26 novembro 2016

Astrologia Chinesa – 2017 é ano do Galo vermelho de fogo!



Estamos preparando mais um artigo sobre o ano de 2017 que está chegando aí. Vamos falar do horóscopo Chinês, o que será que podemos esperar da Astrologia Oriental?

O ano do Galo Vermelho de Fogo!

Não perca! 
Read More

East to West, Light and Shadow


On this November morning an old crescent Moon and morning star rise just before the Sun in a wide panoramic skyscape from Kenya's Amboseli National Park. Still below the limbs of an acacia tree and the eastern horizon, the Sun's position is easy to find though. It's marked at the left by the subtle convergence of light and shadow in the dawn sky. Known as crepuscular rays, the warm-colored rays of sunlight are outlined by shadows cast by unseen clouds near the horizon. Arcing above the profile of Mount Kilimanjaro, toward the right the rays of light and shadow converge at the western horizon. There known as anti-crepuscular rays, they indicate the point opposite the rising sun. The cloud shadows are very nearly parallel, but converge toward the distant horizons because of perspective.

from NASA http://ift.tt/2gwPjCY
via IFTTT
Read More

The territory of the dynasties of China



The territory of the dynasties of China

Read More

the Suffix -Stan Explained



the Suffix -Stan Explained

Read More

TODAY IN THE HISTORY OF PSYCHOLOGYVisit –>...



TODAY IN THE HISTORY OF PSYCHOLOGY

Visit –> all-about-psychology.com for free psychology information and resources.

Read More

New role of adenosine in the regulation of REM sleep discovered

neurosciencestuff:

The regulation and function of sleep is one of the biggest black boxes of today’s brain science. A new paper published online on August 2 in the journal Brain Structure & Function finds that rapid eye movement (REM) sleep is suppressed by adenosine acting on a specific subtype of adenosine receptors, the A2A receptors, in the olfactory bulb. The study was conducted by researchers at Fudan University’s School of Basic Medical Sciences in the Department of Pharmacology and the University of Tsukuba’s International Institute for Integrative Sleep Medicine (WPI-IIIS). The research team used pharmacological and genetic methods to show that blocking A2A receptors or neurons that contain the A2A receptors in the olfactory bulb increases REM sleep in rodents.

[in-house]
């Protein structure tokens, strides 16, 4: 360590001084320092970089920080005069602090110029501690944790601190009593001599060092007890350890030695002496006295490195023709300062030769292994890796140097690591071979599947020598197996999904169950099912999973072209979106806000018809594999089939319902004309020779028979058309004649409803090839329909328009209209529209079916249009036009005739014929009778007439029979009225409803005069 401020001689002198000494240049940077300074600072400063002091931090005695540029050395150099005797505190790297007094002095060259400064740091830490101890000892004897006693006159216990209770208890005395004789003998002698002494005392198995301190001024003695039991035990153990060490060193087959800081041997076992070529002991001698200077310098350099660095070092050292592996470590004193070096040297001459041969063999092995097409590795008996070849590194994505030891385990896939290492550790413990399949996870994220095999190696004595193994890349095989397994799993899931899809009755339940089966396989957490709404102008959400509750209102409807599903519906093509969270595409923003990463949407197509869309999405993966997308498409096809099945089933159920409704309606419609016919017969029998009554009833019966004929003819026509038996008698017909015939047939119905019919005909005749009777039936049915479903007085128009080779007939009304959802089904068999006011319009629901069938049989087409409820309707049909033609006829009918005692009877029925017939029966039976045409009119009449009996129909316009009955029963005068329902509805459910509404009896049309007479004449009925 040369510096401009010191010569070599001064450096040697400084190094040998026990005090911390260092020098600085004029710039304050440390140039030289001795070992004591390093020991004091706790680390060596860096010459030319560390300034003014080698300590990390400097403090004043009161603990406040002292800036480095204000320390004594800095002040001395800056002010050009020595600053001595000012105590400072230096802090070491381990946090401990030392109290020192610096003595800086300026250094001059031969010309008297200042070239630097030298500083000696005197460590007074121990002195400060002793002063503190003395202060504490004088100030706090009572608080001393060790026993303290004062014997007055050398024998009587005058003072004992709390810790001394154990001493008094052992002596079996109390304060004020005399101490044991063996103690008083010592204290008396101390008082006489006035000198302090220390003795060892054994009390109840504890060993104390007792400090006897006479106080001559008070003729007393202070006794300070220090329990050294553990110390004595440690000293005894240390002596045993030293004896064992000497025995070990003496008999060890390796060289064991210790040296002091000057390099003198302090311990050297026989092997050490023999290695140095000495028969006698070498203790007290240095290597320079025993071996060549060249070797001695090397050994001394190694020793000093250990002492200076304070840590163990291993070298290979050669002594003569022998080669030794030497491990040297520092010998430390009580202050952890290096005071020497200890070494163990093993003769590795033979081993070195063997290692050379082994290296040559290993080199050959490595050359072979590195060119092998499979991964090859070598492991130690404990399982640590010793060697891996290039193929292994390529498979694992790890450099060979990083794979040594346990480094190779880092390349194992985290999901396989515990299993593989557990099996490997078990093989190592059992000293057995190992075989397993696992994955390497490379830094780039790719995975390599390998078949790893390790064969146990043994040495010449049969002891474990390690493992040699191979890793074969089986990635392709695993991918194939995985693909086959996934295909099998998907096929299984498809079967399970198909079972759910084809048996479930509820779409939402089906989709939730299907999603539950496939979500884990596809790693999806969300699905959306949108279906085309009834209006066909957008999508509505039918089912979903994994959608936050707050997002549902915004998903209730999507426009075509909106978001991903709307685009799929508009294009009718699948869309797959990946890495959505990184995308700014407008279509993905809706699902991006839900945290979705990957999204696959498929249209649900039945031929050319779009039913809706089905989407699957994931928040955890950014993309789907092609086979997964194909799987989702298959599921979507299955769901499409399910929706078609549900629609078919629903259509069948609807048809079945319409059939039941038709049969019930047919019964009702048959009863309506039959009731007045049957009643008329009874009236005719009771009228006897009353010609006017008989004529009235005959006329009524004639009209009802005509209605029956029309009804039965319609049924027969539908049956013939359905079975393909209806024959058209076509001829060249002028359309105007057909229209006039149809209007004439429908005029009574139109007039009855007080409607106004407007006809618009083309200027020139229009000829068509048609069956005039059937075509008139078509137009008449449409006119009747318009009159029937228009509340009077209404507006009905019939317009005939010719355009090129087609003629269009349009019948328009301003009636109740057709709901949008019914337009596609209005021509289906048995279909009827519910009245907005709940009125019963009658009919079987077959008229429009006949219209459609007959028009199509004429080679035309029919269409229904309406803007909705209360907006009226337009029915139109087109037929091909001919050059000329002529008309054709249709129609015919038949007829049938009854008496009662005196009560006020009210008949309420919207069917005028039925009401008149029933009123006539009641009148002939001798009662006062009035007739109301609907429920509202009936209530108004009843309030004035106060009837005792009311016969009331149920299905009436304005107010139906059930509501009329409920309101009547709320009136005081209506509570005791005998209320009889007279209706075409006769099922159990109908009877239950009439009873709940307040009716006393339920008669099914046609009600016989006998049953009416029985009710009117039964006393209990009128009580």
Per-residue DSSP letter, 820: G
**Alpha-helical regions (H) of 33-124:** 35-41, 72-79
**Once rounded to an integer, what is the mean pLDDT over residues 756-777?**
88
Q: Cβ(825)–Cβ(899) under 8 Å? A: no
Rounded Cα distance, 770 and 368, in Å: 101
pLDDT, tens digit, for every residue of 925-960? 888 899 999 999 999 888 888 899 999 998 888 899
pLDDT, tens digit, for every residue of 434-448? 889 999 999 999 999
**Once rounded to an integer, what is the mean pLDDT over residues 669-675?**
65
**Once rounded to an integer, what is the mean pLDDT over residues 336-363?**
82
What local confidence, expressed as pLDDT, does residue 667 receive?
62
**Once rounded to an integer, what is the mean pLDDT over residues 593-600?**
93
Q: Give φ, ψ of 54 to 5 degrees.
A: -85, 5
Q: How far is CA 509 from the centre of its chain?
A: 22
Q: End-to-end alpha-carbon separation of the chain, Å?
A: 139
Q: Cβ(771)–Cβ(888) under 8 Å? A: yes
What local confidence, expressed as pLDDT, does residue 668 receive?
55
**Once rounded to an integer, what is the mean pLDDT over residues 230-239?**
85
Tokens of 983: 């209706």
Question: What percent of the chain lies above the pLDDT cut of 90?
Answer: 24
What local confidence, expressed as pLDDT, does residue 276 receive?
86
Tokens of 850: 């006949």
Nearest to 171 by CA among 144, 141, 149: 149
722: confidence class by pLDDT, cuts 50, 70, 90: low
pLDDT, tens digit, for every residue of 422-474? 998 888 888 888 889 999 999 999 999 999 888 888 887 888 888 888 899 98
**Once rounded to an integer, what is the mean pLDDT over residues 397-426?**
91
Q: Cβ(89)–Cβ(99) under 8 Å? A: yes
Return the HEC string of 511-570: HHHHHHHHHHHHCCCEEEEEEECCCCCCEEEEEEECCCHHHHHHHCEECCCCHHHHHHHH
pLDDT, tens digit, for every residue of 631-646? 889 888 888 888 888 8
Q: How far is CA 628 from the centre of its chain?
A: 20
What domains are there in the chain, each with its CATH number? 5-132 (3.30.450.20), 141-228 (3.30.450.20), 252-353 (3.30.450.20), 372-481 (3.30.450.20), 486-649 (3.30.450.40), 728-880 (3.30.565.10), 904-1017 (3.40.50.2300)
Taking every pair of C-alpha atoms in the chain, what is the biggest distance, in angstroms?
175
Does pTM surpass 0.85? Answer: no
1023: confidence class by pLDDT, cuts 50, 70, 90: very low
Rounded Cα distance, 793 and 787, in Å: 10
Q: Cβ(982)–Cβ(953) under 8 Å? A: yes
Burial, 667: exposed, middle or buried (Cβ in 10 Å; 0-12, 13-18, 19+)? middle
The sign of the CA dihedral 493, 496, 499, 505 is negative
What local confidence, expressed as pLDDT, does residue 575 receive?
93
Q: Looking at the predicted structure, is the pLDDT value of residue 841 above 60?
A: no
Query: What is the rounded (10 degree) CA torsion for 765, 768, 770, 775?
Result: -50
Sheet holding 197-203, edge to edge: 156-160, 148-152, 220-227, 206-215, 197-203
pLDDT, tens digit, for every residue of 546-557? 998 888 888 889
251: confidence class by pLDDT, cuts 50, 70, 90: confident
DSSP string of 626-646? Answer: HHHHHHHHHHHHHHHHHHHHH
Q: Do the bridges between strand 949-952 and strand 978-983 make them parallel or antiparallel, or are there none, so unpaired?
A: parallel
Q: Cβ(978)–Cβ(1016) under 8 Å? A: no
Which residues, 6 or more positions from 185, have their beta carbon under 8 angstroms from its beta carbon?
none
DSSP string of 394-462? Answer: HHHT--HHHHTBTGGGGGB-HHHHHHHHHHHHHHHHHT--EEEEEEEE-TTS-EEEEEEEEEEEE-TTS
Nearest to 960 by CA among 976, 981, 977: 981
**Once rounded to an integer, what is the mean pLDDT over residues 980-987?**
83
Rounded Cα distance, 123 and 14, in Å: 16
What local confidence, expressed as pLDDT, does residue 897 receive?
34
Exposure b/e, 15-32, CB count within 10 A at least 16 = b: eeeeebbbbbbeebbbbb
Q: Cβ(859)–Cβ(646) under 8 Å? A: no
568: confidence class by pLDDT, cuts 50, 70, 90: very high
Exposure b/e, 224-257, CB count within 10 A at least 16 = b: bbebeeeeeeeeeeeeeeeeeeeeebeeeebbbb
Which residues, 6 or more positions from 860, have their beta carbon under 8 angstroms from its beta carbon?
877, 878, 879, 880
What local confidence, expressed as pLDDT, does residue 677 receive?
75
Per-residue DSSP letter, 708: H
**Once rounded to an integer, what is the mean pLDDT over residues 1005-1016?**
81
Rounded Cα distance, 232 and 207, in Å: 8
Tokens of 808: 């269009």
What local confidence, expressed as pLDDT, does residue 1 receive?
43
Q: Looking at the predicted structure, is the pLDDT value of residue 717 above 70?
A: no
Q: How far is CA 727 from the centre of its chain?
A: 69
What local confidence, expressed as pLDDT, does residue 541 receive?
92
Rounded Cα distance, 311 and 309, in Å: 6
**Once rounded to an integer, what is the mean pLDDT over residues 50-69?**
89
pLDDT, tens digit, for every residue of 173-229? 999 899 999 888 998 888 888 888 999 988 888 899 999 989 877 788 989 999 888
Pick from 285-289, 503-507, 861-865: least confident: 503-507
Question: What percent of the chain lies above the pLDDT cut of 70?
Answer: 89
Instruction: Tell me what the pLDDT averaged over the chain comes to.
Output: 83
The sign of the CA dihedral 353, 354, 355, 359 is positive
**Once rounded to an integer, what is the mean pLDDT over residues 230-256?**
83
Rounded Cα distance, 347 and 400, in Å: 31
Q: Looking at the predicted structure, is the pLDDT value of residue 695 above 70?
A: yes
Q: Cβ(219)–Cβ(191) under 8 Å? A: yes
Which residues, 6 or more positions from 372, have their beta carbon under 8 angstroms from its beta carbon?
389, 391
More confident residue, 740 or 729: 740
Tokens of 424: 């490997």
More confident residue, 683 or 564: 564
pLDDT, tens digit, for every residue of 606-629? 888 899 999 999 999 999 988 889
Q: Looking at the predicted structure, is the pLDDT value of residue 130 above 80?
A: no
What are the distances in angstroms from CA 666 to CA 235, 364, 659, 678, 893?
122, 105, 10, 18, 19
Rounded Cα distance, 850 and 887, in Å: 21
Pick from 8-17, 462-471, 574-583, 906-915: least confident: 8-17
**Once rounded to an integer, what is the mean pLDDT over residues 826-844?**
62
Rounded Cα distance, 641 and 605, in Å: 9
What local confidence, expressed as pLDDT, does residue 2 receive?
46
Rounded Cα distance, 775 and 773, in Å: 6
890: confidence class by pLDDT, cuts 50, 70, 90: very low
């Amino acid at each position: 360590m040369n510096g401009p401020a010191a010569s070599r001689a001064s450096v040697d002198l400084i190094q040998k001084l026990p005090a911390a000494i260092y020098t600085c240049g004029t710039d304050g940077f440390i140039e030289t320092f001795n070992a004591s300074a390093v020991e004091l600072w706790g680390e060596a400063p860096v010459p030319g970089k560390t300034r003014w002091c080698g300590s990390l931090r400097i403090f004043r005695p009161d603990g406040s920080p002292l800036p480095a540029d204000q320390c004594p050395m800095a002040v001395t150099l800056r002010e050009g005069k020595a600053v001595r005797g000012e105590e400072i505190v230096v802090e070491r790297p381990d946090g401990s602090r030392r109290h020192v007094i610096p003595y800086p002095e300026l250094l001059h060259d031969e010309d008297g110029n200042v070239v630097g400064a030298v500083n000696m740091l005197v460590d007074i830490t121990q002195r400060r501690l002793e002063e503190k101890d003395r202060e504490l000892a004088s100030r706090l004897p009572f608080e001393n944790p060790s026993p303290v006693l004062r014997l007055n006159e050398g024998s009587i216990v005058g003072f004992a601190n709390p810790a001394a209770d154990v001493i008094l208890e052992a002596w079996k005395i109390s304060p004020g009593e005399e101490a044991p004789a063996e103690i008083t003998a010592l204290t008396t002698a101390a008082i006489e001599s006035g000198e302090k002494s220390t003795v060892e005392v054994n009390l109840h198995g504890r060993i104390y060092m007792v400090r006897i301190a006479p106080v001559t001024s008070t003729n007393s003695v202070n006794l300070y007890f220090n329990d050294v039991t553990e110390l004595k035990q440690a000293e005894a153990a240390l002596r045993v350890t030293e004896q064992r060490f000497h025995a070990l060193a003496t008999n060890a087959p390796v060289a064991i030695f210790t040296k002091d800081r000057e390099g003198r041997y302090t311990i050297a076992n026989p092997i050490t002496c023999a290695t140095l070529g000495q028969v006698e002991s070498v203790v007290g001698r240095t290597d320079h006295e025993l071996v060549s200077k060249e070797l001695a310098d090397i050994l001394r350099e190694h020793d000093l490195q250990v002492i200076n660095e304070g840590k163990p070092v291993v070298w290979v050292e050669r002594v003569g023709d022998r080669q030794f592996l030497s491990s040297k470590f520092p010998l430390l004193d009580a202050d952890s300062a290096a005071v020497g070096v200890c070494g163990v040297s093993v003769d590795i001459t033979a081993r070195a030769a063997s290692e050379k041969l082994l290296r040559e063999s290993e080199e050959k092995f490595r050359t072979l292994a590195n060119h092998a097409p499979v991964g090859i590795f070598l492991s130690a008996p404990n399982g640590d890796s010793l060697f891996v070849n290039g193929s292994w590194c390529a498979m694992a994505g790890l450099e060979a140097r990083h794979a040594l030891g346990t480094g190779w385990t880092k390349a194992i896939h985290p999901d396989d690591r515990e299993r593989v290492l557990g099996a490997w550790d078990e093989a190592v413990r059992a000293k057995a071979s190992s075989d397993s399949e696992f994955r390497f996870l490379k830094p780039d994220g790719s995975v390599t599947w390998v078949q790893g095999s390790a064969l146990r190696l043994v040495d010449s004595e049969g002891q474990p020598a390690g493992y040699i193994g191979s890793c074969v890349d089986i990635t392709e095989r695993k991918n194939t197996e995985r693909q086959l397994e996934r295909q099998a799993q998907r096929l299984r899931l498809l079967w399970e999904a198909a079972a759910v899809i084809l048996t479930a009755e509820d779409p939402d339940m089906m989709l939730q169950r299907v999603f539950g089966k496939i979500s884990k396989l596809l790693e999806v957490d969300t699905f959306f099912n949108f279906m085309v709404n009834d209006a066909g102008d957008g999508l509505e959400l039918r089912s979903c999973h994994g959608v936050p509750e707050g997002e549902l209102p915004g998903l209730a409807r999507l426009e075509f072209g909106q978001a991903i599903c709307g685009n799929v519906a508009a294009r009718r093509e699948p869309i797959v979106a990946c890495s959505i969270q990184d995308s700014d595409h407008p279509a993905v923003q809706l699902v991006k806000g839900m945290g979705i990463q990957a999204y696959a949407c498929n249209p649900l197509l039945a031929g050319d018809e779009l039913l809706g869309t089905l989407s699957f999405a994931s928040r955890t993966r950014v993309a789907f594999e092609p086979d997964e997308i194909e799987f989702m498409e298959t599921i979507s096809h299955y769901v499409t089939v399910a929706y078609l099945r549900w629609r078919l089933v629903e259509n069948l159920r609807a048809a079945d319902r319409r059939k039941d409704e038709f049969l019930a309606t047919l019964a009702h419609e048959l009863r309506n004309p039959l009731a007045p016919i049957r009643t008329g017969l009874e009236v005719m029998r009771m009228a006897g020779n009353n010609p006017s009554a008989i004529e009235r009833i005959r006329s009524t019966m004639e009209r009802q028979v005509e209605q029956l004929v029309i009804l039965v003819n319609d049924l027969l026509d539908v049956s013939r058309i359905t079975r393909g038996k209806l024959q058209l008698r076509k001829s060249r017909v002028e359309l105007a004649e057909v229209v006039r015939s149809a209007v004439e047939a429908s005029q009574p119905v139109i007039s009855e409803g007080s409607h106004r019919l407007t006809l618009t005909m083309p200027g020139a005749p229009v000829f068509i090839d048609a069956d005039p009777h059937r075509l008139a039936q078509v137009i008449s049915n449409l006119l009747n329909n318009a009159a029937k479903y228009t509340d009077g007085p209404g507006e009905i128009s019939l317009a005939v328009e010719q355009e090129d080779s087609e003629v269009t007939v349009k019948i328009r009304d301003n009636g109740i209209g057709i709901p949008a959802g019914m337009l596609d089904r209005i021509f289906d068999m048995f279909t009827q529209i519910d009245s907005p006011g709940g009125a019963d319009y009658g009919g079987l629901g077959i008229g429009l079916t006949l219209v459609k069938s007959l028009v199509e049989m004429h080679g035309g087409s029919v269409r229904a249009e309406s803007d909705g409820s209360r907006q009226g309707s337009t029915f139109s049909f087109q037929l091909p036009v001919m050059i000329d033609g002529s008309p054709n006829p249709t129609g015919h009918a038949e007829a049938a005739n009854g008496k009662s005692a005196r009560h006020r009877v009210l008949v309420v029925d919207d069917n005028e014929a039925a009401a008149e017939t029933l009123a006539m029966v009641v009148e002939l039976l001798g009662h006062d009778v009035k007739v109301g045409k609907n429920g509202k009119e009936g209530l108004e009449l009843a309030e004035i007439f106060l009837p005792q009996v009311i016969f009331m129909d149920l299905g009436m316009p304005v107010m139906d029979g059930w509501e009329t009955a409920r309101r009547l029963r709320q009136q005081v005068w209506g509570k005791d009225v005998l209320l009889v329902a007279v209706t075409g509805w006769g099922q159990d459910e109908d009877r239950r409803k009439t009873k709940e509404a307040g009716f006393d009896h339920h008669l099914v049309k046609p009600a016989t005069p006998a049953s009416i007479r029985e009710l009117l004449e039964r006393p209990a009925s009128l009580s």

Adenosine has long been known to represent a state of relative energy deficiency and to induce sleep by blocking wakefulness. The new findings demonstrate for the first time that adenosine also inhibits REM sleep, a unique phase of sleep in mammalians that is characterized by random eye movement and low muscle tone throughout the body. The Chinese-Japanese research team discovered that adenosine acts specifically in the olfactory bulb which transmits odor information from the nose to the brain. Because olfactory dysfunction can be treated with an A2A receptor antagonist, for example caffeine, it is possible that REM sleep and the perception of odors are linked in the olfactory bulb. Interestingly, the ability to smell is reduced in patients with REM sleep behavior disorder (RBD). Dreams which mostly occur during REM sleep are usually a pure mental activity while the body is at rest. However, patients who suffer from RBD act out their dreams.

Yiqun Wang, the lead investigator on this project said that “our findings encourage us to believe that A2A receptors may be a novel target to treat RBD by suppressing REM sleep. Our observation clearly suggest an intriguing possibility for treating this disease with an A2A receptor agonist or allosteric modulator.”

Read More